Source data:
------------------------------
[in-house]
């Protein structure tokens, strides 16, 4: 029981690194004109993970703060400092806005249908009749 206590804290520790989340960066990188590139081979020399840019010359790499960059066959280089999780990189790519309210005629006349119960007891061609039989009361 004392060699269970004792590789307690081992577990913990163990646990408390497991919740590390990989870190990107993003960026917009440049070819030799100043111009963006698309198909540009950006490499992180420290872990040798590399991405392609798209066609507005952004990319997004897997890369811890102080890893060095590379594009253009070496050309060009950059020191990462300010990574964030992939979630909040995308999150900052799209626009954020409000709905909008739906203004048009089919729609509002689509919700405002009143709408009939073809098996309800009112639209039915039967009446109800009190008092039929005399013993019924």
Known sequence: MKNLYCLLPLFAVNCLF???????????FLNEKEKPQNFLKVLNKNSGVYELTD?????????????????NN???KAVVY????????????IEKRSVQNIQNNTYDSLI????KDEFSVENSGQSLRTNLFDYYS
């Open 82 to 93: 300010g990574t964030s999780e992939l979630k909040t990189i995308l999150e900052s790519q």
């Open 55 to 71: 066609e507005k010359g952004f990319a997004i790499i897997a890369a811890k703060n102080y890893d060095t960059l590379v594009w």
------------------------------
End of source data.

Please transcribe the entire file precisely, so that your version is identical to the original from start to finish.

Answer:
[in-house]
């Protein structure tokens, strides 16, 4: 029981690194004109993970703060400092806005249908009749 206590804290520790989340960066990188590139081979020399840019010359790499960059066959280089999780990189790519309210005629006349119960007891061609039989009361 004392060699269970004792590789307690081992577990913990163990646990408390497991919740590390990989870190990107993003960026917009440049070819030799100043111009963006698309198909540009950006490499992180420290872990040798590399991405392609798209066609507005952004990319997004897997890369811890102080890893060095590379594009253009070496050309060009950059020191990462300010990574964030992939979630909040995308999150900052799209626009954020409000709905909008739906203004048009089919729609509002689509919700405002009143709408009939073809098996309800009112639209039915039967009446109800009190008092039929005399013993019924």
Known sequence: MKNLYCLLPLFAVNCLF???????????FLNEKEKPQNFLKVLNKNSGVYELTD?????????????????NN???KAVVY????????????IEKRSVQNIQNNTYDSLI????KDEFSVENSGQSLRTNLFDYYS
């Open 82 to 93: 300010g990574t964030s999780e992939l979630k909040t990189i995308l999150e900052s790519q």
């Open 55 to 71: 066609e507005k010359g952004f990319a997004i790499i897997a890369a811890k703060n102080y890893d060095t960059l590379v594009w």